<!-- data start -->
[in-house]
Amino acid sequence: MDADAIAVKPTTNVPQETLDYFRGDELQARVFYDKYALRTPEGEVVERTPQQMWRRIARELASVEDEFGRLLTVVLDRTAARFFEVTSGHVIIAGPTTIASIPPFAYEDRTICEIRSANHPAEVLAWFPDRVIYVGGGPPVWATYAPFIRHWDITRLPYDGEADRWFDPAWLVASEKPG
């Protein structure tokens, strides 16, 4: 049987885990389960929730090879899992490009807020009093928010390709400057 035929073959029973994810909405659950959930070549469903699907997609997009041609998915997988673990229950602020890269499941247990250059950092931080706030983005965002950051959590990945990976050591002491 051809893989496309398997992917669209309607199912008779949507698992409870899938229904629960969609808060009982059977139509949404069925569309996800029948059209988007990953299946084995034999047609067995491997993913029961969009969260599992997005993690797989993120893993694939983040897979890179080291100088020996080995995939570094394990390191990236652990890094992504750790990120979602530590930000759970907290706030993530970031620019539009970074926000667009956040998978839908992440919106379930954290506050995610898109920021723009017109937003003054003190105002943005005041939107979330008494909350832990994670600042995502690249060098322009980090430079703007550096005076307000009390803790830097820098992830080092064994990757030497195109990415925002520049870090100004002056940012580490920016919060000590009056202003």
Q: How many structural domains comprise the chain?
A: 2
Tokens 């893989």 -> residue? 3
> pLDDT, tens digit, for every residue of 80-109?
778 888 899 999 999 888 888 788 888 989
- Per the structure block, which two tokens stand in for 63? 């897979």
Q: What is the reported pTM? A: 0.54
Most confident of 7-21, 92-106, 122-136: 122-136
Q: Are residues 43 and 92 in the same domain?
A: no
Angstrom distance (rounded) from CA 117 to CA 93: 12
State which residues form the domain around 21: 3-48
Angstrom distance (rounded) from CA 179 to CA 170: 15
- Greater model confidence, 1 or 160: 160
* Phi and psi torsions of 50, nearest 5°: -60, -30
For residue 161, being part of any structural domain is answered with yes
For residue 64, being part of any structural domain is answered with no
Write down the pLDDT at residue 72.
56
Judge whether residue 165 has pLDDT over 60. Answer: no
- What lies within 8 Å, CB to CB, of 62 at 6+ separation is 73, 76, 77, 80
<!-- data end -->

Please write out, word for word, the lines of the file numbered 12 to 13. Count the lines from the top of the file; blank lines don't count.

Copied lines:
Q: Are residues 43 and 92 in the same domain?
A: no